We have never had any problems with pickles before and it just seems to be with dill pickles (different kinds and brands). We don't know if its just the pickles or if something could be wrong with our refrigerator.

If there is any help, advice, etc. that you could give us it would really be appreciated.


    Bookmark   July 9, 2010 at 3:04AM
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digdirt2(6b-7a No.Cent. AR HZ8 Sun-35)

Allen - how old were the pickles? How long in the fridge after opening?

Of course a good disinfecting of the fridge now and then sure can't hurt anything - some bacteria can thrive even in a fridge. Can't hurt to use a thermometer to check what the temp is in there too as it is often much warmer than we realize.

But even commercial pickles have a fridge storage limit once opened and what you describe - mold and bacterial scum forming - sounds like what can happen with ones past their expiration date. The brine, over time, is diluted by the water in the pickles. It becomes too weak to kill the bacteria - especially the listeria bacteria. It is a good thing to pitch them.

Otherwise, if they are newish jars, were they left sitting out on the counter for any length of time?


    Bookmark   July 9, 2010 at 11:28AM
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Store-bought pickles are packed in vinegar, which is acidic enough that it keeps mold from growing. The parts of the pickles that aren't submerged in vinegar will be exposed to air, where mold CAN form. You need to keep the pickles submerged. You could add some vinegar to the jar (which I wouldn't recommend, because it would change their flavor), or you could try cutting the pickles in half, then repacking them, so that they all stay underneath.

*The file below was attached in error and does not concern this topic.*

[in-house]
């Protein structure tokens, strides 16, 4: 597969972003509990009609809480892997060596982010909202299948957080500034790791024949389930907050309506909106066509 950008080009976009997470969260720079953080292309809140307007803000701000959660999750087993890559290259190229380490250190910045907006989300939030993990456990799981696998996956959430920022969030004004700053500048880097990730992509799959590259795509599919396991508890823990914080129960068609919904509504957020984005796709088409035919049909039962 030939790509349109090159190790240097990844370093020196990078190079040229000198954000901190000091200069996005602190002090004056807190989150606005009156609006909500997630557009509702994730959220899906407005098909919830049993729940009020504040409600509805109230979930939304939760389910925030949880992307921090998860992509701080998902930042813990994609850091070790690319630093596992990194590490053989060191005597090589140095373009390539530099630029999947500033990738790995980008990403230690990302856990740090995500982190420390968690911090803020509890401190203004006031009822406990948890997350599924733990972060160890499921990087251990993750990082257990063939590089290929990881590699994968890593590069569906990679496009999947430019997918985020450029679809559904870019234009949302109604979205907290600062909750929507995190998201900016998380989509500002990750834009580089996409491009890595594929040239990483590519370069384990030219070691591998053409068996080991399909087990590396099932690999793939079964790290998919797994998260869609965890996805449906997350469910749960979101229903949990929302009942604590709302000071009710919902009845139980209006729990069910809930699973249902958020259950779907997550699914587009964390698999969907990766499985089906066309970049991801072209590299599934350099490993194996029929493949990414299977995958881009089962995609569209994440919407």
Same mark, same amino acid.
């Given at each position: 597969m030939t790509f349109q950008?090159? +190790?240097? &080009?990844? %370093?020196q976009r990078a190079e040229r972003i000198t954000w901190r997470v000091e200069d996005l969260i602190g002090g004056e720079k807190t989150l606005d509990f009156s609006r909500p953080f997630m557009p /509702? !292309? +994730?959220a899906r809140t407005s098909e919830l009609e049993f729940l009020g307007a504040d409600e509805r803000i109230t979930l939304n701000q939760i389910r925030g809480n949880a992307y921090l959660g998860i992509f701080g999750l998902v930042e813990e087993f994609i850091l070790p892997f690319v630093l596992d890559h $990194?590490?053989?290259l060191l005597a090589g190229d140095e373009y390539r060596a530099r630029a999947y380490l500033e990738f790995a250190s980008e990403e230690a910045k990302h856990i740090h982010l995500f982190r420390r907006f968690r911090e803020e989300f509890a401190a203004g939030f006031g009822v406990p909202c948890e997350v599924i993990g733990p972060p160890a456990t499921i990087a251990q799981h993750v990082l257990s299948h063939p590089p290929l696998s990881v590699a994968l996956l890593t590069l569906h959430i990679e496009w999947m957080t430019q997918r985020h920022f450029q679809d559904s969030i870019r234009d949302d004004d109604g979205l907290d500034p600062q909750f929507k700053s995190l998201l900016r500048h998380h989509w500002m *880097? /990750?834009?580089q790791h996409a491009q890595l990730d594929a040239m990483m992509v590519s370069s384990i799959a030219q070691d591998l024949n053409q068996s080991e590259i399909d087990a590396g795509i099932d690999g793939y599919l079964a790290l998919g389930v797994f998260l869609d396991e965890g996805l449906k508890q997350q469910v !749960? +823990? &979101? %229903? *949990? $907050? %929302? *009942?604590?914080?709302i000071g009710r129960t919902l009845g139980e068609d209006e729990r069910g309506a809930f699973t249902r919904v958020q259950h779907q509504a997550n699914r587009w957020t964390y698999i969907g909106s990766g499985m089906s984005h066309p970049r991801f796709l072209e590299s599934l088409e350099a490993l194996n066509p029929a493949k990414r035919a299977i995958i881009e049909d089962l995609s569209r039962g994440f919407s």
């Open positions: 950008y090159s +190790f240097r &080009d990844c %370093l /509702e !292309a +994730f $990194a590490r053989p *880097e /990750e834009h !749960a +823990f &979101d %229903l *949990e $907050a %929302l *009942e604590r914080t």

I don't think it's a problem with your fridge. I think it's that your pickles are too tall.

    Bookmark   July 9, 2010 at 12:01PM
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Linda_Lou(SW Wa.)

I would put a refrigerator thermometer in the fridge and check. The temp. needs to be below 40 degrees. Otherwise all your foods in there are subject to giving you food borne illness.
I have never had store bought or any other pickles mold.
You may be putting bacteria into the jars when you use them with the utensils. Are you somehow getting mayo or other things in the jars as you use them?

    Bookmark   July 9, 2010 at 2:23PM
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busylizzy(z5 PA)

Yep, the cliche " Life begins at 40" wasn't coined for a mid life crises.

    Bookmark   July 14, 2010 at 8:08AM
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readinglady(z8 OR)

That is funny!

I would discard commercial pickles with that kind of scum. Regardless of how contamination entered the jars, I would consider them high-risk. I hope with trouble-shooting you can identify the source of the problem so that it doesn't happen again.

Are the pickles the same brand? Were they purchased at the same time? It may be there was a problem during processing.


    Bookmark   July 14, 2010 at 12:20PM